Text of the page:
If you’re like most people, you’re relatively unfamiliar with the legal and financial terminology that comes up in a bankruptcy proceeding. Even though your bankruptcy attorney will be able to answer any questions you have about the process, it’s a still good idea to familiarize yourself with some of the terms you’ll be hearing throughout the next few months. The following is a brief guide to some common bankruptcy terms and phrases.
Before filing a bankruptcy petition, you must attend an individual or group credit counseling course from an approved credit-counseling agency. In a Chapter 7 or Chapter 13 case, you will need to attend an instructional course in personal finances and money management before your debt can be discharged. However, if the bankruptcy administrator in your case finds that there isn’t a sufficient number of approved credit counseling agencies available, you may be exempt from this requirement.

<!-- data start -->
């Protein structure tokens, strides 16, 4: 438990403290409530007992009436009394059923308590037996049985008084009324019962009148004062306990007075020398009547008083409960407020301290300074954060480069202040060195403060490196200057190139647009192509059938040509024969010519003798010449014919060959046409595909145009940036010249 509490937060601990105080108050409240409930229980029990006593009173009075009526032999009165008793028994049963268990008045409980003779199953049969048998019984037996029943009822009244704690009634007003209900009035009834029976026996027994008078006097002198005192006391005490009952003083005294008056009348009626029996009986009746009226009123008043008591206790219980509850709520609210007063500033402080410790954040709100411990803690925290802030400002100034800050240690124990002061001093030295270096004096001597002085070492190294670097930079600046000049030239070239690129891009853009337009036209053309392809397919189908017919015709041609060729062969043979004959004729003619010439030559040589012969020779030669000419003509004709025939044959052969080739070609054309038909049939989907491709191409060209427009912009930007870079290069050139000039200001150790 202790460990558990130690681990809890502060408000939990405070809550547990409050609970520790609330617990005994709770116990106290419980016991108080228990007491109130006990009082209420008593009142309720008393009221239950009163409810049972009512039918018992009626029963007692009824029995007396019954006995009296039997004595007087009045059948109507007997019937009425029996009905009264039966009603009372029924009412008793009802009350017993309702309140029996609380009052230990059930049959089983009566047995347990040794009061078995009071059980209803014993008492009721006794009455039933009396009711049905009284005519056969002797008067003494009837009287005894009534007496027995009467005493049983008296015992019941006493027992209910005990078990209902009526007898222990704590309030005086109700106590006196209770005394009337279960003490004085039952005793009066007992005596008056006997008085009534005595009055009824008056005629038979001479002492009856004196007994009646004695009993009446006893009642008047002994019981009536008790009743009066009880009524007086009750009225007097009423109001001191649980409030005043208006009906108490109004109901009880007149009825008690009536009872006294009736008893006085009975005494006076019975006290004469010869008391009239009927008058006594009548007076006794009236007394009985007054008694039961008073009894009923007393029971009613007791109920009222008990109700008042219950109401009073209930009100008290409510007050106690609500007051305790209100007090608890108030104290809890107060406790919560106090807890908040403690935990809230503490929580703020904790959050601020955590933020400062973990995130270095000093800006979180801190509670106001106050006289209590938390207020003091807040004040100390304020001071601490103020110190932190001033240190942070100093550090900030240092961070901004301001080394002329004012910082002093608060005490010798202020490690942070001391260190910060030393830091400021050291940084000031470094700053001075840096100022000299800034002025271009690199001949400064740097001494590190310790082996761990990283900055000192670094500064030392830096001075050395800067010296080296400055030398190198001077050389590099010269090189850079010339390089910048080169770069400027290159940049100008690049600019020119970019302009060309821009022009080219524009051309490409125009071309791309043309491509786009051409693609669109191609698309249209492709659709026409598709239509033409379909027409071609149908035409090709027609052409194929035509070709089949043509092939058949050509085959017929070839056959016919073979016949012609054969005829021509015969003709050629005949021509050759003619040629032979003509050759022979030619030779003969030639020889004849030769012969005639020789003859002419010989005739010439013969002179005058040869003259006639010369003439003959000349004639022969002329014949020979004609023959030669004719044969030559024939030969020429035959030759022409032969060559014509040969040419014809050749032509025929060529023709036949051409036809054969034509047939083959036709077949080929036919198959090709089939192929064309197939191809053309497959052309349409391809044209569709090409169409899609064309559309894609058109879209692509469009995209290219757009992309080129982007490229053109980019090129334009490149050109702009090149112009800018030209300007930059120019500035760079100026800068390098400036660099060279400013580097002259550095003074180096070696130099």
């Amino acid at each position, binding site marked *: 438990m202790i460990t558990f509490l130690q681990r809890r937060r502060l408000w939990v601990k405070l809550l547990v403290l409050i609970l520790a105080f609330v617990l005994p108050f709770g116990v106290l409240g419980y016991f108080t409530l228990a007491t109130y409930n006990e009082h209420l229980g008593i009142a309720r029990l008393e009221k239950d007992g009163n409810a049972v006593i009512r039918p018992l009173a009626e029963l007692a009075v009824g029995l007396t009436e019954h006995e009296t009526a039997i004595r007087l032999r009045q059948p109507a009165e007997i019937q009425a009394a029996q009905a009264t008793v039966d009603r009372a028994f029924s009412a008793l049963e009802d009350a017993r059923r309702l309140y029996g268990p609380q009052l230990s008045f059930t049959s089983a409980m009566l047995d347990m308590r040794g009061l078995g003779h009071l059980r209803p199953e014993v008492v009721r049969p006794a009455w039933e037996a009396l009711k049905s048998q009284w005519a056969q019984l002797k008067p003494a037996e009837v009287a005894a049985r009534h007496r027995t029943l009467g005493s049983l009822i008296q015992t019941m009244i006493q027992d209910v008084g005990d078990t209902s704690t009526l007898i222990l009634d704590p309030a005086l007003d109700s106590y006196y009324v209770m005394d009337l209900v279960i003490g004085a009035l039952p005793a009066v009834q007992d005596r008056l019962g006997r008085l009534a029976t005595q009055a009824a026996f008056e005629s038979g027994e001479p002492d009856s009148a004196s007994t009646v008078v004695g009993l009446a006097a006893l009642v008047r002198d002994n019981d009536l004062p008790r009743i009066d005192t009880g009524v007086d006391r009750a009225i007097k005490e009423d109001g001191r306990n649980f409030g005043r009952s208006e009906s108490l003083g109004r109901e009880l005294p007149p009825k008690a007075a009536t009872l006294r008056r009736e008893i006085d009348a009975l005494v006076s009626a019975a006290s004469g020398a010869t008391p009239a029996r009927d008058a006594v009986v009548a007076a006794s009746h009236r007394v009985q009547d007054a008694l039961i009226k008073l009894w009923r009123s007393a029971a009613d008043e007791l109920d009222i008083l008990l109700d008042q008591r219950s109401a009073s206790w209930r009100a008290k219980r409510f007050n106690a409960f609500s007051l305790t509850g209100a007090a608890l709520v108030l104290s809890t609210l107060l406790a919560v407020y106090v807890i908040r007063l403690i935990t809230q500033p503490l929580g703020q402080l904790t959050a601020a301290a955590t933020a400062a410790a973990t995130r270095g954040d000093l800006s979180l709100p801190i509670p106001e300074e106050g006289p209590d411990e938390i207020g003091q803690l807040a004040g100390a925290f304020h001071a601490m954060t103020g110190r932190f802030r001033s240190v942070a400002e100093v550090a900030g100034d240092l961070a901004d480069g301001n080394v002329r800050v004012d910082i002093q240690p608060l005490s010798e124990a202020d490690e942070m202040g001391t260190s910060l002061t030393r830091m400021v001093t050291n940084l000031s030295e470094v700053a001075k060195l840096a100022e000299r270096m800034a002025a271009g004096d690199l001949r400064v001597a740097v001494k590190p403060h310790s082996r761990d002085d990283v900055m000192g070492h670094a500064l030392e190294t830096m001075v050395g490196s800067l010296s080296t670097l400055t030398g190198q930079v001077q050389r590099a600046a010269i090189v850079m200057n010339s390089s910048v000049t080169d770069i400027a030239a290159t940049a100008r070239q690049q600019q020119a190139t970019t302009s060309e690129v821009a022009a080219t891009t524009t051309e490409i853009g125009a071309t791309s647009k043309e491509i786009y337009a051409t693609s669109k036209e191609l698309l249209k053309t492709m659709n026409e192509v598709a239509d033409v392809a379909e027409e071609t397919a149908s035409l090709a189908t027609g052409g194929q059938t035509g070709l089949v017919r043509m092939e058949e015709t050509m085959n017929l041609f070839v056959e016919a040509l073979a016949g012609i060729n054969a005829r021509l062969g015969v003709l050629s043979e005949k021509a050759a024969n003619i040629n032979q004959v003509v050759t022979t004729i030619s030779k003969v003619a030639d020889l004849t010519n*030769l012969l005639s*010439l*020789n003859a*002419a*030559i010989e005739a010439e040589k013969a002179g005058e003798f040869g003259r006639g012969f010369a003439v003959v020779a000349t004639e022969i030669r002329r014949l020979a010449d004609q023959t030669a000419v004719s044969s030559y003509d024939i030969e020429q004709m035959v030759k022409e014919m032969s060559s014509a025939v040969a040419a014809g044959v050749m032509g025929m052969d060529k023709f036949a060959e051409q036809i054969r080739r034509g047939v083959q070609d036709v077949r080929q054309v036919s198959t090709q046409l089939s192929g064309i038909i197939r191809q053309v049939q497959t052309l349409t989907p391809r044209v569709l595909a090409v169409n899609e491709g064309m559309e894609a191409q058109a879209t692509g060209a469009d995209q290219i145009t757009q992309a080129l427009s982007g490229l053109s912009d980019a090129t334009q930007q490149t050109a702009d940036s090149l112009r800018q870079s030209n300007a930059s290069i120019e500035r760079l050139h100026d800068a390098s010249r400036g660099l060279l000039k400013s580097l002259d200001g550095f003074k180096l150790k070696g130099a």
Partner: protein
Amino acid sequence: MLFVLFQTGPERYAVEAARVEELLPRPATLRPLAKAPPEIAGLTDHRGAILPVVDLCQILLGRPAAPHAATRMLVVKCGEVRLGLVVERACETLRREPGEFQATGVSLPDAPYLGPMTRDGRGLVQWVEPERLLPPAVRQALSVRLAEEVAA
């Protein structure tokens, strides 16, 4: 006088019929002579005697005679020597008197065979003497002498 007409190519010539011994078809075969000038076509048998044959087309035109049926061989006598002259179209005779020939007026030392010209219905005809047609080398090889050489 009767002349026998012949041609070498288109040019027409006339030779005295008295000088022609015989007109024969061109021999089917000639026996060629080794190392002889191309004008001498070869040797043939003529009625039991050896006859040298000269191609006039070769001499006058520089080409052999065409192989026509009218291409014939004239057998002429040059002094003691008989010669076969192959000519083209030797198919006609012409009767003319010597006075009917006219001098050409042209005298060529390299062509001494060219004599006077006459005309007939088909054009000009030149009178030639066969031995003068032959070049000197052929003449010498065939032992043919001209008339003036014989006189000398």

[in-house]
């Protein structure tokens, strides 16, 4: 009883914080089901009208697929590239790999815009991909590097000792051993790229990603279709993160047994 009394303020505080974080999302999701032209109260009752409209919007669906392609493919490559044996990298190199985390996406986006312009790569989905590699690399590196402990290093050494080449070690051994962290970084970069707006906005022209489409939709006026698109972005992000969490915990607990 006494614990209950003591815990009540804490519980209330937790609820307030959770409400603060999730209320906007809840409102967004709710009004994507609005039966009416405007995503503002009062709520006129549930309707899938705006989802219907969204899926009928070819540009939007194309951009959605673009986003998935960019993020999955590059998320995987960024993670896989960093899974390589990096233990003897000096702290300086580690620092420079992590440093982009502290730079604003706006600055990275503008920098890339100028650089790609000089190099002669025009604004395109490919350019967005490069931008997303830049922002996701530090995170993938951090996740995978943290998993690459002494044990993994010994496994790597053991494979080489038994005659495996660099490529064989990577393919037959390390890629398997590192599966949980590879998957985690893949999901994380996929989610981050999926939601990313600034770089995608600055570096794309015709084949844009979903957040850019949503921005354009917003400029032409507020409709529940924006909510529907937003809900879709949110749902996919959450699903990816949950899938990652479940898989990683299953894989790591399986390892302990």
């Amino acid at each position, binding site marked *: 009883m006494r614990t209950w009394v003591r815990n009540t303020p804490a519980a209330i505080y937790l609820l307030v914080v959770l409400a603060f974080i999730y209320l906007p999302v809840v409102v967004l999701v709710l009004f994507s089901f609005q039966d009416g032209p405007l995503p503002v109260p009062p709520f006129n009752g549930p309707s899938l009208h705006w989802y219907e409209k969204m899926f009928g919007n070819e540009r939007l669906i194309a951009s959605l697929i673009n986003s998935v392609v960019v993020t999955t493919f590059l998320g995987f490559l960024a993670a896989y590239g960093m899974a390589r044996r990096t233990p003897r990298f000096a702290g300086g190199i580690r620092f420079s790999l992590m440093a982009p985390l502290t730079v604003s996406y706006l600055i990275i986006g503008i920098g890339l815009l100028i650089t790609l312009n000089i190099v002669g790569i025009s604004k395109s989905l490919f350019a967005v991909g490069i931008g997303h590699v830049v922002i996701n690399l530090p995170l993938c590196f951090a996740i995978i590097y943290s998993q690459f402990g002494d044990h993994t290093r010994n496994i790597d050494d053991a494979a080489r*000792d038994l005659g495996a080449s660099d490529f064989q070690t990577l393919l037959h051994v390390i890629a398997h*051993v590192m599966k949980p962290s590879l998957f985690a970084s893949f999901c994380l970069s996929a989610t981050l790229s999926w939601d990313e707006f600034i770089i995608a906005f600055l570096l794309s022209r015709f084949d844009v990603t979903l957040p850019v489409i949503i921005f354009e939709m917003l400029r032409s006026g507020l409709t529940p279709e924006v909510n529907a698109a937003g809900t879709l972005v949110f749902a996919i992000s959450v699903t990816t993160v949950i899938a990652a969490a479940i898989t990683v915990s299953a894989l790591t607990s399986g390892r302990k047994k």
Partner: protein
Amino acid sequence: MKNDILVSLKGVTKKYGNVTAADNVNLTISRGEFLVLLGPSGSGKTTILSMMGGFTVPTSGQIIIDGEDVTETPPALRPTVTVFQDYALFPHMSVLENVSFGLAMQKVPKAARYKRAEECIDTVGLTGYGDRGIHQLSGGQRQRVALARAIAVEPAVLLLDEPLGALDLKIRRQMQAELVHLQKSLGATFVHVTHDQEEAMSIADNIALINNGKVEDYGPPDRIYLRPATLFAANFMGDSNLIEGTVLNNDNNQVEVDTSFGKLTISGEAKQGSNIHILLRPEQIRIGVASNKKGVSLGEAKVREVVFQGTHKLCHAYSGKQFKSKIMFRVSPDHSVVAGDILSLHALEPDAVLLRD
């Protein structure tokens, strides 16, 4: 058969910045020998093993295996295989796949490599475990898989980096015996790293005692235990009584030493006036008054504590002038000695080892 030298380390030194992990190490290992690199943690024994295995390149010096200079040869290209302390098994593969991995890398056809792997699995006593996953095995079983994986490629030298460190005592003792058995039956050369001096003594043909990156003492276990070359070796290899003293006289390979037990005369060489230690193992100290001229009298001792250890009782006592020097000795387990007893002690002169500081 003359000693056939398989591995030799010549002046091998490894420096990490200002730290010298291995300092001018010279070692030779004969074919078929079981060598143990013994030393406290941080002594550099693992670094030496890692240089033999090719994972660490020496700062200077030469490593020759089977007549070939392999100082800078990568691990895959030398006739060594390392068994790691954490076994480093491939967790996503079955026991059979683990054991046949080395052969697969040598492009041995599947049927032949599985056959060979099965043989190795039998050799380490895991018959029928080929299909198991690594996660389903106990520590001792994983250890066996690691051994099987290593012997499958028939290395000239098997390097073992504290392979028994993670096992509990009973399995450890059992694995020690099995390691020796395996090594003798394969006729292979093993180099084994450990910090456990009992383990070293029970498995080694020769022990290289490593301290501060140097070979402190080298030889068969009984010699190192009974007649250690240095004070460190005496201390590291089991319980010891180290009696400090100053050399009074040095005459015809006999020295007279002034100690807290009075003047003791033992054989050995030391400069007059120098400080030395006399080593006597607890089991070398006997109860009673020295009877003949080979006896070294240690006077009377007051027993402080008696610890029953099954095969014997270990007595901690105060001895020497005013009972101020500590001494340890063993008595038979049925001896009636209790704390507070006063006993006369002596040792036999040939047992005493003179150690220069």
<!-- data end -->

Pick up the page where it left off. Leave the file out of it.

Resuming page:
Unless there are conflicts of interest, sometimes, bankruptcy petitioners can choose to file their cases together. This process is known as joint administration, and it allows separate businesses or individuals to combine their resources and work with the same bankruptcy attorney. Joint administration differs from a joint bankruptcy petition in that only a husband and wife are eligible to file a joint petition together.
If you’re considering file for Chapter 7 bankruptcy, you are required to first complete the means test, under section 707(b)(2) of the Bankruptcy Code. To pass the means test, your aggregate current monthly income over the course of five years must be under $10,950. However, you can also rebut your means test results by proving that there are special circumstances that justify additional expenses or adjustment of your current monthly income.
By calling Cutler & Associates, Ltd. today, we can help stop collection calls, UCC 1 filings, asset sales, and wage garnishments. Our office also offers a free bankruptcy evaluation with an Aurora bankruptcy attorney.